"The sight of hundreds of prostrate men with serious wounds of every description was appaling. Many to relieve their suffering were impatient for their turn upon the amputation tables, around which were pyramids of severed legs and arms" Sixteen-year-old Edward W. Spangler 130th Pennsylvania at Antietam
The Weight of War on Little Soldiers
Much has been written about the movements of armies and the actions of leaders during the Civil War. A less explored topic, but equally as important, is how the war affected the lives of young people. An entire generation was shaped by their perception of events during this critical time in American history. Forces beyond their control impacted their homes, their families, and even their health. Though some became victims of the war, lost to disease, starvation, or violence, others used their experiences to reform the country born out of the ashes of our nation's darkest days.
Boys in the Service
Many children spent the war worried about relatives and friends who were fighting far away. Some felt the effects of the war in their stomachs, as food supplies dwindled. Some boys lied about their ages and went off to fight. Those not killed or wounded became scarred nonetheless, as their young eyes witnessed the horrors of war.
Most of the boys who joined the army were assigned less dangerous positions, such as bugler or drummer boy. These jobs were important because their instruments were used as calls and signals for the troops. Still, in large battles, there was no place to hide. Charley King was one of the youngest soldiers killed in the war. He was only thirteen when he died at the Battle of Antietam.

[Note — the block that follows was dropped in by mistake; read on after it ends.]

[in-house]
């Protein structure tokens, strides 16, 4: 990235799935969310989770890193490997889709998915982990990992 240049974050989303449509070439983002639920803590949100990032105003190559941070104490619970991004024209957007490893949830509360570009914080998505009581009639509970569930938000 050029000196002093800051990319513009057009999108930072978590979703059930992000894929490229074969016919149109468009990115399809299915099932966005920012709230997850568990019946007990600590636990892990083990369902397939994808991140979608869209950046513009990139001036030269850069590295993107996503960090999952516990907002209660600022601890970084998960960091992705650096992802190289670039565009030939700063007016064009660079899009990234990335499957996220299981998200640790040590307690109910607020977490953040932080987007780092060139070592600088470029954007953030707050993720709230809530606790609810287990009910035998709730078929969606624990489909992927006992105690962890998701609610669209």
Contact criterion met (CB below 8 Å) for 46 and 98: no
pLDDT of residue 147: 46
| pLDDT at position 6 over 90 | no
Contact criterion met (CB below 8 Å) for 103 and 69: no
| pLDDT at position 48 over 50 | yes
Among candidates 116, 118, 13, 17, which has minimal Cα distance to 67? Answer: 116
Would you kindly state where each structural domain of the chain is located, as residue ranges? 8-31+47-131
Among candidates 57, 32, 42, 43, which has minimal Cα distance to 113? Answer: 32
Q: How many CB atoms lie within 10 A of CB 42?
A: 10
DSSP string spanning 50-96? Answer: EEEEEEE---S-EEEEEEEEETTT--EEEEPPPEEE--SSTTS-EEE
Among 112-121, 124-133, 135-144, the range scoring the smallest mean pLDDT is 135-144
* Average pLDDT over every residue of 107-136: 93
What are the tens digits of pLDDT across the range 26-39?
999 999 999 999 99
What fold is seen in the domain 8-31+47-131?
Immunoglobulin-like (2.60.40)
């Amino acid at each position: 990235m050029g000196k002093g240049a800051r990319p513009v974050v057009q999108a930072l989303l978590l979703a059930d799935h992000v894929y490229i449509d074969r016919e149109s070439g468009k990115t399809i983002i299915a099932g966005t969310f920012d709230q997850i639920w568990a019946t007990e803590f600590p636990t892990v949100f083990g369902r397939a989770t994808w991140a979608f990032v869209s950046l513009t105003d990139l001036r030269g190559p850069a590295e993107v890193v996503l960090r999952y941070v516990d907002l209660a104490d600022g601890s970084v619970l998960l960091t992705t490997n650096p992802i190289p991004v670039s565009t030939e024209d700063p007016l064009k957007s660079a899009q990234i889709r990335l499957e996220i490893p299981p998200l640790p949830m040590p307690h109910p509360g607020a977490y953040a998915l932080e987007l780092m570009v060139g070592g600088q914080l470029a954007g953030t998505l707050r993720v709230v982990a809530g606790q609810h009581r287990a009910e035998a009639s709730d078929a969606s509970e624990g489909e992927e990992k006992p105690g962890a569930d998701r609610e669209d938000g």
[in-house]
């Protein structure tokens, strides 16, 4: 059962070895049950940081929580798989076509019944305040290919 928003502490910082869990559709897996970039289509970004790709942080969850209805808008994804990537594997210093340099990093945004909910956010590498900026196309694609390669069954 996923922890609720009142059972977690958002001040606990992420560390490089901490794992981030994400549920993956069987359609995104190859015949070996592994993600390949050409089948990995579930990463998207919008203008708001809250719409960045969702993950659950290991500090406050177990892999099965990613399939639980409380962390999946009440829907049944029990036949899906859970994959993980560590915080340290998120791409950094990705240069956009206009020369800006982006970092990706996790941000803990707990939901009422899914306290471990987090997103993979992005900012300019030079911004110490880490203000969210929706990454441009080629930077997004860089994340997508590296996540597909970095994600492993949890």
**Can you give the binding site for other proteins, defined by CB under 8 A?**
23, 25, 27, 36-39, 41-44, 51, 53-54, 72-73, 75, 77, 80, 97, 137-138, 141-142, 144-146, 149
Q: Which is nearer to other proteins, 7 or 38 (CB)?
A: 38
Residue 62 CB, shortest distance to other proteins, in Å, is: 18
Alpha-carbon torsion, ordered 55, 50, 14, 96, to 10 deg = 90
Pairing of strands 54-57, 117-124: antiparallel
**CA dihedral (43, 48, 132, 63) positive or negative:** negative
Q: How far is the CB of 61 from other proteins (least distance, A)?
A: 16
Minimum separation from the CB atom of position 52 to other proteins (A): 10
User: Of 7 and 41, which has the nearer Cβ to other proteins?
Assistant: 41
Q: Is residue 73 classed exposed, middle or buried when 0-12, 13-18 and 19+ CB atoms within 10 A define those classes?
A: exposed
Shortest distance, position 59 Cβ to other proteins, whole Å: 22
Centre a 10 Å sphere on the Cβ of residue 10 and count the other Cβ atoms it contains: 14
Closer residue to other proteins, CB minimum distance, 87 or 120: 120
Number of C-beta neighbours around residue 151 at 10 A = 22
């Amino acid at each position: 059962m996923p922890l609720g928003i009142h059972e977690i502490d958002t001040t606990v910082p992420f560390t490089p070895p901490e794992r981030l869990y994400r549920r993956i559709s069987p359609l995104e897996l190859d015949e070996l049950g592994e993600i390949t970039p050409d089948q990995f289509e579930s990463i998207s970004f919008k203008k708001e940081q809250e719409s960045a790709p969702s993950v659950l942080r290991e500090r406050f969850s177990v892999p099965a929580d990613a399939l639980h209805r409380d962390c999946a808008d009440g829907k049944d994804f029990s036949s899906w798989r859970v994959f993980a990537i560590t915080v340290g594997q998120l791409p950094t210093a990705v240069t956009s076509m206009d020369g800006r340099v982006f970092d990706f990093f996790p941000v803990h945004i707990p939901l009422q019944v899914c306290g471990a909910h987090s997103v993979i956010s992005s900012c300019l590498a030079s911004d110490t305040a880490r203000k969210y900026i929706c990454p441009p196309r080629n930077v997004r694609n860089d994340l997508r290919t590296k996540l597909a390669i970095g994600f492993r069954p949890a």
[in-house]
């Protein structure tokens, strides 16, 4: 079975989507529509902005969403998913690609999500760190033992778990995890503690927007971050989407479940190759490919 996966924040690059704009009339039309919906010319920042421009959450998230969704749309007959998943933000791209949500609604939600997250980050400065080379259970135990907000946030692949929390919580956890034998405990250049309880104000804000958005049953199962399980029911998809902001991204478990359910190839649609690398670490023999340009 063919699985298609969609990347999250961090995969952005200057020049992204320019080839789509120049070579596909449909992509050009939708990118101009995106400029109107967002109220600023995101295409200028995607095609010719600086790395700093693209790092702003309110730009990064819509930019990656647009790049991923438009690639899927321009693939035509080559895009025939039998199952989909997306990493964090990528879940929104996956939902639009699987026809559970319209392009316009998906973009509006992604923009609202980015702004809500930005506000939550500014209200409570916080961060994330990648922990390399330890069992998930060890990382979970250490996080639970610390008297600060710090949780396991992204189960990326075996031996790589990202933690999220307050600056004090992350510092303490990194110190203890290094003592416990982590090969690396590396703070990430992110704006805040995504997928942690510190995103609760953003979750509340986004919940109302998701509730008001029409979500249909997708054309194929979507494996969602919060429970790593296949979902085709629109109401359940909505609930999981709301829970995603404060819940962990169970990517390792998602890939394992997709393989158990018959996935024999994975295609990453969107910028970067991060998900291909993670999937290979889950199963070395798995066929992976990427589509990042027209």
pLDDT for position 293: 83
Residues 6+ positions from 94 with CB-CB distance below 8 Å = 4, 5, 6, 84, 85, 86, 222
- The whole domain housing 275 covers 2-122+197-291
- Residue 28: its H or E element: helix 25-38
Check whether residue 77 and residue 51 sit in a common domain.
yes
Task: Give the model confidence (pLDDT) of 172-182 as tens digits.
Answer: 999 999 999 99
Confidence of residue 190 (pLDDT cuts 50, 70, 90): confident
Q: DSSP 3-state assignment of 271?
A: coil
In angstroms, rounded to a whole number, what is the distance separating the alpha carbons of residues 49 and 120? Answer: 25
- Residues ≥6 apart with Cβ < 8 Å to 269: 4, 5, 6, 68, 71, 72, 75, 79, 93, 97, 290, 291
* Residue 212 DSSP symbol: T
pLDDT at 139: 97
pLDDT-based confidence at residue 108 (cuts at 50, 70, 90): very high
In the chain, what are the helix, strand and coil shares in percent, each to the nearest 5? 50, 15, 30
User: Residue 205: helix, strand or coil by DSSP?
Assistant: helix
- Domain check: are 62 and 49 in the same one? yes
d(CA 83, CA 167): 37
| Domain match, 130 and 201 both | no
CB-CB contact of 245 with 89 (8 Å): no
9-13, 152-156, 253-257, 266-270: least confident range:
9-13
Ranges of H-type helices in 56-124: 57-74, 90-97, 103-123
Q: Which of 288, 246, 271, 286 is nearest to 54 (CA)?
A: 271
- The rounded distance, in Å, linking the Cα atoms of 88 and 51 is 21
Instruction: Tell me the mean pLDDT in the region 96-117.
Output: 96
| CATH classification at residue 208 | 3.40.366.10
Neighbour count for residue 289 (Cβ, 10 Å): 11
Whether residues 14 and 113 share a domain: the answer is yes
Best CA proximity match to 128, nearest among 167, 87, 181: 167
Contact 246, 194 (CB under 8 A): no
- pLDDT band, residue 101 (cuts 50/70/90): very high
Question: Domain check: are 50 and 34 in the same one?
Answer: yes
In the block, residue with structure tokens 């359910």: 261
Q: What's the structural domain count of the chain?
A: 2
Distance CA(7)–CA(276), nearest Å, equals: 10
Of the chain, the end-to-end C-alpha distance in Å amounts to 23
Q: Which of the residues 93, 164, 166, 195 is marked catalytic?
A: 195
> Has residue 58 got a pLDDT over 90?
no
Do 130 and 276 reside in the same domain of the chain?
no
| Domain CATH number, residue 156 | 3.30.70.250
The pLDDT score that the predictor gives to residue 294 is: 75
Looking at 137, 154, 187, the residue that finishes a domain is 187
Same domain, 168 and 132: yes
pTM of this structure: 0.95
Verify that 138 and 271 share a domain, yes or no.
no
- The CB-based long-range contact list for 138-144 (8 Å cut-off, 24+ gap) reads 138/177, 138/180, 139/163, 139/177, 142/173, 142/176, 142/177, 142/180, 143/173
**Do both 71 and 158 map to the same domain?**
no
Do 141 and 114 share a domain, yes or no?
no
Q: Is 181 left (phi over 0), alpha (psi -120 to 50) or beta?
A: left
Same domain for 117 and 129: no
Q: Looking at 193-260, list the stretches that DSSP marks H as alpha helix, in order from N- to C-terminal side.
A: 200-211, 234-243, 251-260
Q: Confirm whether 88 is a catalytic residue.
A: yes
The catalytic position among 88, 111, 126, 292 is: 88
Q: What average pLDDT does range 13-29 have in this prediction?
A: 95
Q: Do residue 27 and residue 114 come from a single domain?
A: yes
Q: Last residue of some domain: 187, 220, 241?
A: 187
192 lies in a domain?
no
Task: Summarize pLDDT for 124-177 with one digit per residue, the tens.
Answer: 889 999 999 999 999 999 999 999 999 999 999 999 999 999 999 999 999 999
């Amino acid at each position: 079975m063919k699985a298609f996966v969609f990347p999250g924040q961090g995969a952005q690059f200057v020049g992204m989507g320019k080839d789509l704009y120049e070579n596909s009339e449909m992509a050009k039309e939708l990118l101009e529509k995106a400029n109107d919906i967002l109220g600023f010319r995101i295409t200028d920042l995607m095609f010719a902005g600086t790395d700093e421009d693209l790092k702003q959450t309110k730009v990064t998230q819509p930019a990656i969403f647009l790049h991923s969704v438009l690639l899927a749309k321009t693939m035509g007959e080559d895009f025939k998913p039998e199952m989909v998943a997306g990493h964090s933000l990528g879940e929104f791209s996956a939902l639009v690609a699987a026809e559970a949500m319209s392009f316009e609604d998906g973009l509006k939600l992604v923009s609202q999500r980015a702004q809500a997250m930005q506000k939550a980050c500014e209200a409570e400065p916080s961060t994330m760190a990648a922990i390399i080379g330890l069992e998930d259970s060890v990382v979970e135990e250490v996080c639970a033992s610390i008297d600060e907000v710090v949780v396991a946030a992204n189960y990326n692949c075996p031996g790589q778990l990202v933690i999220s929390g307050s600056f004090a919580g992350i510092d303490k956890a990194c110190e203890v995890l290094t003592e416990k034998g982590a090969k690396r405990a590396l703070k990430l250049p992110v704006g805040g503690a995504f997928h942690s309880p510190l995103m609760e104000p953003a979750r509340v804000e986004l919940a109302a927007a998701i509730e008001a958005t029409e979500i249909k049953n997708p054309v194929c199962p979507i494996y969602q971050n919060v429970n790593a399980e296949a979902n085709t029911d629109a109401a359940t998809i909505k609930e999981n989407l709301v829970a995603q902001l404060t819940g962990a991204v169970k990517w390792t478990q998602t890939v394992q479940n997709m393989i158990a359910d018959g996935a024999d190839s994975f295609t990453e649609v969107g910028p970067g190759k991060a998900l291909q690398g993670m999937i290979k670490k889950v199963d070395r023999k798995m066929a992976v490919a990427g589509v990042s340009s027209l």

Johnny Cook enlisted as a bugler with Battery B, 4th United States Artillery in 1862. During the Maryland Campaign, fifteen-year-old Johnny served as a messenger. At the Battle of Antietam, Johnny and his unit came under heavy fire from Confederate soldiers along the Hagerstown Pike near the infamous "Cornfield." When Johnny returned from helping his wounded commander to safety, he discovered that the soldiers serving on the cannon had been killed. Johnny began to load the cannon by himself until Gen. John Gibbon rode by, saw what was happening, jumped off his horse, and began to help the brave young cannoneer.
The Confederate soldiers came dangerously close, but Johnny and Gen. Gibbon were able to man the cannon and push them back towards the West Woods. For his bravery at Antietam, Johnny Cook became one of the youngest soldiers ever to receive the Medal of Honor. His official Medal of Honor citation reads: "Volunteered at the age of 15 years to act as a cannoneer, and as such volunteer served a gun under a terrific fire of the enemy." Johnny went on to serve at Gettysburg and several other battles. After the war, he moved back to his hometown of Cincinnati, Ohio. He died in 1915 and is buried in Arlington National Cemetery.
Last updated: August 14, 2017